Bush Should Look To Texas If He Doesn’t Want the Nation To Become California

Texas is beginning to look more and more like California. That might sound good to folks like me living here on the Left Coast, but for the Bush Administration touting the concept of electricity deregulation as the solution to our power supply woes, what is going on in our president’s home state is proving that the devil is always in the details. Putting oil and chemical companies ahead of ordinary consumers is never a good idea, even in Texas.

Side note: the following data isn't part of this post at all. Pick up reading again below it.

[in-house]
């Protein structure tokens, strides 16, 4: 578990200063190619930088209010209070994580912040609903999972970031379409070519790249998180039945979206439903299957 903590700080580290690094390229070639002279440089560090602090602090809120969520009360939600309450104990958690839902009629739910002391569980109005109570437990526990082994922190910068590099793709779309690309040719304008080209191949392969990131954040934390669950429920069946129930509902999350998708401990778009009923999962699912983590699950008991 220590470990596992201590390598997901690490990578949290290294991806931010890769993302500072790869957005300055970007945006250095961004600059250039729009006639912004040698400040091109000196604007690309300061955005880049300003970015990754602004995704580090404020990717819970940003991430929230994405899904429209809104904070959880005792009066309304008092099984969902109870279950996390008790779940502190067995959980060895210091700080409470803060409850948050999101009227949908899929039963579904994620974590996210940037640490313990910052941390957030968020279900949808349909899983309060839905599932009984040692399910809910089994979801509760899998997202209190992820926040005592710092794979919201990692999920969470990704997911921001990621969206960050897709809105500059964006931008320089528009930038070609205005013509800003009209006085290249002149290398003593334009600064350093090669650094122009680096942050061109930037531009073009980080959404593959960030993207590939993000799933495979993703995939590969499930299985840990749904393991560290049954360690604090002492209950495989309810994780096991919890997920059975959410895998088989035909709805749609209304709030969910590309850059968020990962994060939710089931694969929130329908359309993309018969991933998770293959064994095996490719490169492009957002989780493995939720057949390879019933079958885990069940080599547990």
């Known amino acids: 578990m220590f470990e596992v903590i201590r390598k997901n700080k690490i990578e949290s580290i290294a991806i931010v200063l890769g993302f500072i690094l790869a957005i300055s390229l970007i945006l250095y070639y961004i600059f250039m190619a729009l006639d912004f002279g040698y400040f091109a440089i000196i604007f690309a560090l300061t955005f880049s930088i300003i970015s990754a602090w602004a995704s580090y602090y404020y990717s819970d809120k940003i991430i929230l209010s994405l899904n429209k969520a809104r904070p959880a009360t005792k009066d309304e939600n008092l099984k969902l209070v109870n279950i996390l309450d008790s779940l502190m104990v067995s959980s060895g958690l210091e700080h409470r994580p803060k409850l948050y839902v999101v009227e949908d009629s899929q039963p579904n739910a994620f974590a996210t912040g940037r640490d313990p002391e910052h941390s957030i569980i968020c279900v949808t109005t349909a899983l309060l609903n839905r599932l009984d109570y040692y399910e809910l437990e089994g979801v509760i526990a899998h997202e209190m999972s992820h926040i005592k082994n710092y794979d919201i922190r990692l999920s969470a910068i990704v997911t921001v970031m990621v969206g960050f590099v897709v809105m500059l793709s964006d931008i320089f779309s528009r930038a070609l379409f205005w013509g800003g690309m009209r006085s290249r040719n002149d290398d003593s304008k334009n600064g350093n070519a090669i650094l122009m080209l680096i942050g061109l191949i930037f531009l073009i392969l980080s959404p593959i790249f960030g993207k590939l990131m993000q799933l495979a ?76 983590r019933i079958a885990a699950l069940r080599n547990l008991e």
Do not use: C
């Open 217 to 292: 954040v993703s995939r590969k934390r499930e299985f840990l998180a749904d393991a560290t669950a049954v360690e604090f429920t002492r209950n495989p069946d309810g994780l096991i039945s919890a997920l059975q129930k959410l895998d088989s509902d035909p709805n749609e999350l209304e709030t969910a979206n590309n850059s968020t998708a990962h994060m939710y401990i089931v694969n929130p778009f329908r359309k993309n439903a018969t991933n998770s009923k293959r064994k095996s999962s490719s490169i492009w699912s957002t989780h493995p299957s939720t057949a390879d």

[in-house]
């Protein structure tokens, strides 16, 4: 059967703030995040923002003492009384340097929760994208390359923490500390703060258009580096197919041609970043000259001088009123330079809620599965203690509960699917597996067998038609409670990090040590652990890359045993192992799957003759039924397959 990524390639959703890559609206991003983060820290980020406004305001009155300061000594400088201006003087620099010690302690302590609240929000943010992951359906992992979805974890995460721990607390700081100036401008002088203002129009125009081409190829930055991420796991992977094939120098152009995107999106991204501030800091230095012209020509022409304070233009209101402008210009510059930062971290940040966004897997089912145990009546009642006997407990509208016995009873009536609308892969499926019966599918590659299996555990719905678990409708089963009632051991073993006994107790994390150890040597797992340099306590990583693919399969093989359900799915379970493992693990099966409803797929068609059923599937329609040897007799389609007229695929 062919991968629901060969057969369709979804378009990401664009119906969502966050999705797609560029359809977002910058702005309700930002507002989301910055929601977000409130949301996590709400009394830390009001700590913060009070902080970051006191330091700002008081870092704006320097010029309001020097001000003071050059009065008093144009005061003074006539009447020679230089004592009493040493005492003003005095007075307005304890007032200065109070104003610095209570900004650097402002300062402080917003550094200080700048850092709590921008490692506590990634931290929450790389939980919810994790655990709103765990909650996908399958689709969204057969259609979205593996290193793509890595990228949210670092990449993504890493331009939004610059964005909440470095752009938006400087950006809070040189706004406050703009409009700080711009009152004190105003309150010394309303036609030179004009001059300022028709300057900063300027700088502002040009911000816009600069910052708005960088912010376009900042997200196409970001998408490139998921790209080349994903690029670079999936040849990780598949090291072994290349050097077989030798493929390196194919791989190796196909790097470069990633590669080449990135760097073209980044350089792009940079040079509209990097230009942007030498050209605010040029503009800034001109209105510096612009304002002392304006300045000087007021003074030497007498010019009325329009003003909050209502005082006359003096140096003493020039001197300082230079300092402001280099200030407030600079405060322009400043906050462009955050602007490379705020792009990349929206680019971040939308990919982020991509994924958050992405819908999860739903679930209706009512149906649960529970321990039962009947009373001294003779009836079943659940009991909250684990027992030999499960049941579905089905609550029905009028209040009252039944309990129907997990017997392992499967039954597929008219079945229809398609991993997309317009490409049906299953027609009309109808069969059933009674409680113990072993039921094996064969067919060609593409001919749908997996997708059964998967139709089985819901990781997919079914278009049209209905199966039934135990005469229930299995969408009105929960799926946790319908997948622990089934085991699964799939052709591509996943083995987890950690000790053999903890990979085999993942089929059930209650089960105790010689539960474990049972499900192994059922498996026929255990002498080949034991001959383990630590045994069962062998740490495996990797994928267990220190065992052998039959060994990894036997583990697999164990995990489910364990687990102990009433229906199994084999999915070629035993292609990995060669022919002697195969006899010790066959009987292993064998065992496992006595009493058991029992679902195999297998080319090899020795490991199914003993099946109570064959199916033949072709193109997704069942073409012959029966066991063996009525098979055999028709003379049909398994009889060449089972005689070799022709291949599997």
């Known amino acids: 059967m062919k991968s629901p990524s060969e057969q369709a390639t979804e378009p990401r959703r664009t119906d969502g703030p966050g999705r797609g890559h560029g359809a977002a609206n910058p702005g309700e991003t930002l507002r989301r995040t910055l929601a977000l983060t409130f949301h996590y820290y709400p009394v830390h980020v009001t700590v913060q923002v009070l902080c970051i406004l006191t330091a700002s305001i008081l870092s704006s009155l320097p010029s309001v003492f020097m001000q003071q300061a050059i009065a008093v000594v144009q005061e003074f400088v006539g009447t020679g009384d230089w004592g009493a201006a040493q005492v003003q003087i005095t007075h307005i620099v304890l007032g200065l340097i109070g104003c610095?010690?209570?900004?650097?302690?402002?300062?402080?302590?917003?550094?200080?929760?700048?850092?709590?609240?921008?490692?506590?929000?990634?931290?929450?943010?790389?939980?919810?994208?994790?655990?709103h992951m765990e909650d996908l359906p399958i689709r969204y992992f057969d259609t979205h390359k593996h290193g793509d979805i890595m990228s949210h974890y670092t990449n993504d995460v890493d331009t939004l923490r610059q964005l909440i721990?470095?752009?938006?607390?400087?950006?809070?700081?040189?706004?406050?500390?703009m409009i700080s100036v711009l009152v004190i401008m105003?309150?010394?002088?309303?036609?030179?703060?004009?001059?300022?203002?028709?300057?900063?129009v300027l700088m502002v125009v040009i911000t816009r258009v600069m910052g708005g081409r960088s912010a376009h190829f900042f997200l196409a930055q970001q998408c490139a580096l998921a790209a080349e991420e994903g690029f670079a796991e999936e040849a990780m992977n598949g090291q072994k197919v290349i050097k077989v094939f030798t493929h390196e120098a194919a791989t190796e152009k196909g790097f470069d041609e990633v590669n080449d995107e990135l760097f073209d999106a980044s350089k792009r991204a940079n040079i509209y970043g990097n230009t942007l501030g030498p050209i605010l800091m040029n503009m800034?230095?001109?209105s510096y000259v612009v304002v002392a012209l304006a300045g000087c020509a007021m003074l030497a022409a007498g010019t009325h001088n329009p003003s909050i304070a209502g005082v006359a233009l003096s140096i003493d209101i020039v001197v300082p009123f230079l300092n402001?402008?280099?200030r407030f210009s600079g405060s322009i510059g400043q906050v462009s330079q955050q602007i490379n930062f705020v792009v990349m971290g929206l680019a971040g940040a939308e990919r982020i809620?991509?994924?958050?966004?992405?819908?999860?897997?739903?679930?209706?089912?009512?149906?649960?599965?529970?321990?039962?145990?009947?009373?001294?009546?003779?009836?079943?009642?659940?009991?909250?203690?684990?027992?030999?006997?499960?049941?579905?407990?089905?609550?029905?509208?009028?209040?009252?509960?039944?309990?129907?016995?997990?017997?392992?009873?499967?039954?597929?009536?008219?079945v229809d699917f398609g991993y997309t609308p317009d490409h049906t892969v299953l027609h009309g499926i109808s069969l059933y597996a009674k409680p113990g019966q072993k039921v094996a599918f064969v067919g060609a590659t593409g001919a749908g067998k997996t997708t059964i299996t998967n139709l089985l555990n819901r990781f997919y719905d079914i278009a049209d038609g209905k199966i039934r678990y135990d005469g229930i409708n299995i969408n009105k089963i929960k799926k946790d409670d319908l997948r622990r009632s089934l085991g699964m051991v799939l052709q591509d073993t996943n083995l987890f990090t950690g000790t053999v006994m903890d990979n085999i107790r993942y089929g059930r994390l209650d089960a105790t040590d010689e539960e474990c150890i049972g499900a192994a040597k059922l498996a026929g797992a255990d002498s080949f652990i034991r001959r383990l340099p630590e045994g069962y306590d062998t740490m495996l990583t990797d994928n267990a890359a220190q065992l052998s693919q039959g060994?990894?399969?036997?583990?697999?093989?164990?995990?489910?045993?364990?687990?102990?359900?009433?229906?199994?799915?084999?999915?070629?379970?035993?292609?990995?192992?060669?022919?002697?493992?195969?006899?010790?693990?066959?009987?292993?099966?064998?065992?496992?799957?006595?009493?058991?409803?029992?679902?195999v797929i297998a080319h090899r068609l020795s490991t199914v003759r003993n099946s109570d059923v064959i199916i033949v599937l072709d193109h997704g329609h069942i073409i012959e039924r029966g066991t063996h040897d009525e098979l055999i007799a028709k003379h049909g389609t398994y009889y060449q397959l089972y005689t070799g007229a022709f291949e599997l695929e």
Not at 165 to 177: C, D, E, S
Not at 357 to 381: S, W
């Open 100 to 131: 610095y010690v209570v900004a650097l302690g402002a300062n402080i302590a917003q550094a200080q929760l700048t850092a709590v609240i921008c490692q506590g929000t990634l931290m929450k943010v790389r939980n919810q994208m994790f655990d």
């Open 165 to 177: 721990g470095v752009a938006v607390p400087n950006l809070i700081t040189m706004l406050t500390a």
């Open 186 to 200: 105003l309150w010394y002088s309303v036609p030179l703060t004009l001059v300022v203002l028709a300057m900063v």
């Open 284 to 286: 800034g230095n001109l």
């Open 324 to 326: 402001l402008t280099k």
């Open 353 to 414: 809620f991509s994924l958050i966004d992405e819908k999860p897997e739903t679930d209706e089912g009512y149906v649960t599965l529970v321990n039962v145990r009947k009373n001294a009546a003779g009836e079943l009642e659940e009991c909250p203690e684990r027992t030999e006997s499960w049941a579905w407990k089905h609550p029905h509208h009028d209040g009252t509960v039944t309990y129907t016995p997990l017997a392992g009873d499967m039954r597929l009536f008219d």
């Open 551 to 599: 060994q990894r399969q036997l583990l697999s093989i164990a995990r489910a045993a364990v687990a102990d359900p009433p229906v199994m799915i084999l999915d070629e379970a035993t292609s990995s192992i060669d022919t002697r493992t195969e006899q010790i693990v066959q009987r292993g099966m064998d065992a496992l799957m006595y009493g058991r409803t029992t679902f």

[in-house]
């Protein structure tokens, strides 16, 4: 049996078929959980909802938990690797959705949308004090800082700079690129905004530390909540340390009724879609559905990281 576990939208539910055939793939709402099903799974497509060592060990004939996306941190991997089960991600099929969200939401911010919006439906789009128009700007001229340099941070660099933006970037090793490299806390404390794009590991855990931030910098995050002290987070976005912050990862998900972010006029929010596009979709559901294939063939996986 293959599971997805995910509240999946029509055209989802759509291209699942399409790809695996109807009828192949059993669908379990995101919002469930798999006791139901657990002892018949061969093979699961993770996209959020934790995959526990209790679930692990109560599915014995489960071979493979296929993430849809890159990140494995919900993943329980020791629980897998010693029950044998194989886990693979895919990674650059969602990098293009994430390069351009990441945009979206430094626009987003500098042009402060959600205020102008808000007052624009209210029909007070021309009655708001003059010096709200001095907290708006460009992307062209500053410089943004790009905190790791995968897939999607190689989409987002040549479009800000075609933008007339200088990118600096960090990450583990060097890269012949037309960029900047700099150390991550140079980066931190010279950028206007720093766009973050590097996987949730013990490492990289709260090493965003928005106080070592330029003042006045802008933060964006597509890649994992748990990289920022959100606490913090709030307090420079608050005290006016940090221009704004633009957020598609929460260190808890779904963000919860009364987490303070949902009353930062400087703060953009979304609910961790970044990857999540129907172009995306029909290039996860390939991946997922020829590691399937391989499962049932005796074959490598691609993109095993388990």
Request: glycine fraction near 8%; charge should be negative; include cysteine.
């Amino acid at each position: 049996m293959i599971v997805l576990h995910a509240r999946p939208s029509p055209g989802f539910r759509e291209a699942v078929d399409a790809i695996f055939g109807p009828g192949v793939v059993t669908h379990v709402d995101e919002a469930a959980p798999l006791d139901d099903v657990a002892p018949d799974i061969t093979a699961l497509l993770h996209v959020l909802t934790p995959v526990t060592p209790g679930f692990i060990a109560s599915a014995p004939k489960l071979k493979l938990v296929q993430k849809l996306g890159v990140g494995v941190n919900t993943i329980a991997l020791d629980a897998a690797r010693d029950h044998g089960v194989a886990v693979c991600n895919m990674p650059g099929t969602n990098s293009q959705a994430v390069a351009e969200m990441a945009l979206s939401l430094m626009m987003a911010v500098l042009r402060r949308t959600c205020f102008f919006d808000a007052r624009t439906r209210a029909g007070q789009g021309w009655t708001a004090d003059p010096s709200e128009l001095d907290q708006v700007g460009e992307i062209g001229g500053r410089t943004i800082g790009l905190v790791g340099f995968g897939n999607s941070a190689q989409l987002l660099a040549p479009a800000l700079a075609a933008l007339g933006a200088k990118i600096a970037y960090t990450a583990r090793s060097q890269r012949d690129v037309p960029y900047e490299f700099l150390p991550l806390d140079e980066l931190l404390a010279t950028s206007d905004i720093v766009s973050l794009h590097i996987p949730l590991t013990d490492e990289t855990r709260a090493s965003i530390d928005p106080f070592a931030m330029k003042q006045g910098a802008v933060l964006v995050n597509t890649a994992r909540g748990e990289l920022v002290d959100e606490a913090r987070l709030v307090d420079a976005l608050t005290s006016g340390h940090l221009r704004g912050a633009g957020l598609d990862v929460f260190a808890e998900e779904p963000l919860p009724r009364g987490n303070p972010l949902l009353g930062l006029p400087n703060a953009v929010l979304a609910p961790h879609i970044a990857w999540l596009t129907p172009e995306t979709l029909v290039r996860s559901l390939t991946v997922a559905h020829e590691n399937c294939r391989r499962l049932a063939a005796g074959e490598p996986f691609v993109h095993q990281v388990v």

The Public Utilities Commission of Texas (PUCT) finally issued its decision this past November in a regulatory proceeding involving CenterPoint Energy of Houston, Texas, a transmission & distribution (T&D) utility serving 1.8 million customers in the fourth largest city in the US. The long awaited PUCT decision — delayed three months at a cost of $27 million — belies comprehension. Not only will it increase ratepayer bills for most Texans, but could frustrate efforts to develop wind power in a state with one of the best wind fuel resources in the country. According to the requirements of the Texas electric deregulation law signed into law in 1999 by former Texas governor George W. Bush, T&D utilities such as CenterPoint were to recoup so-called “stranded costs,” a term used to describe past investments, in a “true-up” proceeding this year. CenterPoint “true-up” total is $3.8 billion; the PUCT disallowed $1.7 billion of this amount. In essence, the PUCT ruling erased all the profits of CenterPoint’s regulated electricity and natural gas businesses since deregulation went into effect in Texas. The case is now likely to take two years in the courts, and CenterPoint is likely to recover most of the $1.7 billion disallowed by the PUC, plus interest. If you look at all the numbers involved in tying this case up for yet another two years, Texas ratepayers end up sacrificing a half billion dollars. Why should Californians care about happens in that big, bad red state of Texas? Here are two good reasons: First, our current Governor Schwarzenegger is about to make another push for deregulation in California. Second, President Bush is about to do the same at the federal level, the level of government that is the primary regulator of the nation’s largely ignored transmission highways. The best way to harness the market to protect ratepayers against see-sawing natural gas prices is to add power sources such as wind power, which has zero fuel costs and is currently cheaper than natural gas power plants. Financially starving T&D utilities that build the transmission lines necessary to bring more wind into the Texas electricity system is just not a prudent thing for regulators to do. Transmission bottlenecks permit existing power generators (like oil and chemical companies) to raise prices, knowing that competitors can’t hook up to the grid to challenge them. One of the main reasons electricity prices got so wacky in California back in 2000 and 2001 was transmission bottlenecks that resulted in wind power being dumped from the grid because there was no room on constipated transmission highways. The Texas electricity deregulation law has been held up as a success story primarily because of the addition of wind power to hedge against high natural gas prices. Without new transmission lines being built by the likes of CenterPoint, Texas could still become another California, a prospect that should send shivers down the spine of folks residing in the self-described energy capital of America. Already, antiquated transmission lines are frustrating wind developers trying to bring their clean and cheap power to urban consumers in Austin, Dallas and Houston from West Texas. This PUCT ruling only makes matters worse. Interestingly enough, the PUCT was under intense political pressure from large industrial oil and chemical companies (which happen to enjoy the lowest electricity rates in the state and recently ran up oil prices to record highs) to slash what CenterPoint felt was its due; no residential ratepayer groups or environmental groups even bothered to get involved. The PUCT still has a week or two to revise the agreement to strike a better balance between what is legally due to CenterPoint according to the terms of the deregulation legislation, and the stated desire of the utility to work with regulators to solve the transmission problems that are currently contributing to high energy bills. Texans preened they knew better when California’s deregulation law drove prices up. Talk is cheap as the PUCT is proving it would rather favor oil and chemical companies over residential consumers. The Bush Administration might want to check in with the folks back home before they begin their hard sell on a national energy strategy focused on deregulation. What is currently going down in Texas could be a harbinger of things to come in Washington, DC and Sacramento – and would be a disaster for both economy and environment. About the author… Peter Asmus of San Francisco, California has been covering national energy issues for 15 years. He is author of Reaping The Wind and Reinventing Electric Utilities, both published by Island Press.
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